Firstly we had to choose how we were going to digitise as the decision was to do this in-house it was between a flatbed scanner or a digital camera. We decided on the Cannon EOS 700D with lights to help balance the colour and image quality. A camera stand was then mounted to the wall so the camera could be level and take an aerial view image of each document. The camera settings were decided on to create the best quality images and are as follows:
a. ISO to 200
b. F Stop to F.8
c. Shutter Speed to 1/80
The camera is connected to the PC and the images once captured (yes ok this bit involves pressing a button) sent to Lightroom where they can be edited, usually rotation and cropping. This is stage one of the digitisation process and once a Region has been completed, you can find out more about the admin history on our fact sheets page, they are transferred for storage to our server. As you may or may not know Tiff is the archival standard for images but it does take up an awful lot of space and several separate images, 112 in one case for one centre! Thus we have to consider what would be the most space saving, safe and easily accessible format to upload the Narrative Reports online. In this case we have used pdf; this format is open source, saves space, easily manageable as a preservation copy (for now) and archival standard.
When creating the pdf the images are first water marked like our Heritage Bulletin pages as you can see in the image on the left. They are also resized based on one side to exactly 2500 pixels. Once this stage is completed the reports for each centre for a particular year are converted into PDF documents which are 150dpi and Greyscale but perfectly readable and easier to open than a 200 MB document. They will be added to a multimedia field in CALM and then uploaded to the online catalogue, a red pdf icon will denote if a document is available for download.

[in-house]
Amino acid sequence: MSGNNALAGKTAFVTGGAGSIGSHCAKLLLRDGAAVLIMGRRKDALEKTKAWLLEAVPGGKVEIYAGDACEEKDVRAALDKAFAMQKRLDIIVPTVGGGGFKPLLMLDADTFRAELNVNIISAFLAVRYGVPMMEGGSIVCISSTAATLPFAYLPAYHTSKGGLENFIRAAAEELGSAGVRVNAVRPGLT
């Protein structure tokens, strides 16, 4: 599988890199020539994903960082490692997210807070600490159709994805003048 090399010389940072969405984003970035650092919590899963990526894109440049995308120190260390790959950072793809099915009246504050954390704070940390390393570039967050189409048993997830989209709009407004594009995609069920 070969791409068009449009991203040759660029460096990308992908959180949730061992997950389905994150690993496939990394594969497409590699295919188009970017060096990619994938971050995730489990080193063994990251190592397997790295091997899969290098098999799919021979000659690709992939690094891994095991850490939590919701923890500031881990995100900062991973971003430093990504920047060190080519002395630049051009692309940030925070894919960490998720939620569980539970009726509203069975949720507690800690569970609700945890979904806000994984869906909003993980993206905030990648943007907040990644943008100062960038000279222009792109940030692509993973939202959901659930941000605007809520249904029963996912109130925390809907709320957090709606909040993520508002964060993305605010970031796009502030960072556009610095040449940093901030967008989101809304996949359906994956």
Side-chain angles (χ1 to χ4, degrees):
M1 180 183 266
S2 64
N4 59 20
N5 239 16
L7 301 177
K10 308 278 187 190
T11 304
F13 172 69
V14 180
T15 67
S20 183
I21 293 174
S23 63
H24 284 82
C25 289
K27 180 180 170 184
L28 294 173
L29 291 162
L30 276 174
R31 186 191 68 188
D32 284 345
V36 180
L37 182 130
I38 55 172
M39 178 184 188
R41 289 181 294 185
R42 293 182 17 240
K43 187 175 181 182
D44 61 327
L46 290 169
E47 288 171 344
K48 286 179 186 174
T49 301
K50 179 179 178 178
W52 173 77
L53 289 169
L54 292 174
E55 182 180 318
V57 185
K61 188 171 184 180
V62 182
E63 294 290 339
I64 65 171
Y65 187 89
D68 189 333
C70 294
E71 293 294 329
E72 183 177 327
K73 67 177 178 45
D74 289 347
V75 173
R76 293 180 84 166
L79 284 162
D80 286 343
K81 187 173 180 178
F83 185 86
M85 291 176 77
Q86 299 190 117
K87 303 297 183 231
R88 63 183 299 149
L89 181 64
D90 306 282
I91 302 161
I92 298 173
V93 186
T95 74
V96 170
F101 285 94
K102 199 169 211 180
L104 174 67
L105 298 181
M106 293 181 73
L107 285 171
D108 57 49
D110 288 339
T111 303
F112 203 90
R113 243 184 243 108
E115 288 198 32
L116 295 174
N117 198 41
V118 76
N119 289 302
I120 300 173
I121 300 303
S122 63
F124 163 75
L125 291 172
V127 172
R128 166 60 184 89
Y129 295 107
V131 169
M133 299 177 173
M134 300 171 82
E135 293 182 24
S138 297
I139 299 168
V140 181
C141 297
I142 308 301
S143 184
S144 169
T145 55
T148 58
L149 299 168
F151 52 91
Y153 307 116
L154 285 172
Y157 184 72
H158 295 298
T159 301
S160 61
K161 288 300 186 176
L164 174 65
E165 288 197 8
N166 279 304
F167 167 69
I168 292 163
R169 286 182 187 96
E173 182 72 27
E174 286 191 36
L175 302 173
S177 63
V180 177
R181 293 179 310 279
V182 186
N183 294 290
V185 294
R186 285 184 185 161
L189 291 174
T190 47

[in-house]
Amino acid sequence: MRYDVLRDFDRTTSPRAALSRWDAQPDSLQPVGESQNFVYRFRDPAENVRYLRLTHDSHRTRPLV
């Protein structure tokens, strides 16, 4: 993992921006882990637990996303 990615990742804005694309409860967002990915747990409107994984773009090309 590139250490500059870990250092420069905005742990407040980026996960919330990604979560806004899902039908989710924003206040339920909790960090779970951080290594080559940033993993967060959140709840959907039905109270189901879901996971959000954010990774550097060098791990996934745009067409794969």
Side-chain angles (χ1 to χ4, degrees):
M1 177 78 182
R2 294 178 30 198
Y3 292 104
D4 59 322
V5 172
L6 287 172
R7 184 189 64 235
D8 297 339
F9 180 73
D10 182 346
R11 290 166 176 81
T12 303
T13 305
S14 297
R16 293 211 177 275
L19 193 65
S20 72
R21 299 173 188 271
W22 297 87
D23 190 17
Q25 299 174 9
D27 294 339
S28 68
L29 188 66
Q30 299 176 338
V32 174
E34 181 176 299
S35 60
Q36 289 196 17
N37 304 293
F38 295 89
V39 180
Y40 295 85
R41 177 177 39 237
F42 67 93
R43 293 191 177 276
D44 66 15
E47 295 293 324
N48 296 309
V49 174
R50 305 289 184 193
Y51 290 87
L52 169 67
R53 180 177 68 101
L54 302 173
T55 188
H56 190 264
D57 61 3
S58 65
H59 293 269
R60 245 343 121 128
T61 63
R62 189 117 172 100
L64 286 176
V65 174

The Narrative Reports digitised as part of the project will be uploaded and made available online in the near future. Keep up to date by watching this space, visiting our Kickstarter page, liking us on Facebook and/or following us on Twitter.
It’s interesting what you find when researching for an enquiry even if Lincolnshire and the Women’s Liberation movement are two different things. Finding the Bulletin article below got me thinking about Feminism and WVS/WRVS.
Feminism first appeared in the mid nineteenth century focusing on the promotion of equal contract, marriage, parenting, and property rights for women. It moved on to focus on women’s suffrage and rights which continued into the Twentieth Century. However by the time WVS was founded in 1938 the first wave of feminism had died down; possibly calmed by the role many women played in factories and other traditional men’s roles in World War I and some women obtaining the right to vote in 1918. In my mind WVS/WRVS was never a feminist organisation but a women’s organisation. It never really suited the definition of the ideological and political movement but it was one which used women’s skills to improve the lives of everyone in Britain. During the War WVS took roles in Evacuation, Hospital Supplies, Make do and mend, knitting and many others which used skills traditionally taken on by women in their homes. However some roles such as fire watching had been assigned to the ARP whose reluctance to include women in a way led to the establishment of WVS.
These less traditional roles appeared only to last as long as the War; the re-emergence of Civil Defence in the late 1940s early 1950s didn’t lead to a revival for WVS who took on the Welfare section. Some services they provided were different such as training in what to do if there was a nuclear attack or driving in the Food Flying Squad but they weren’t promoting a political ideology or actively campaigning for women’s rights. In a way WVS did more without having a political cause because they actively changed people’s lives through their actions and gave women a voice through volunteering.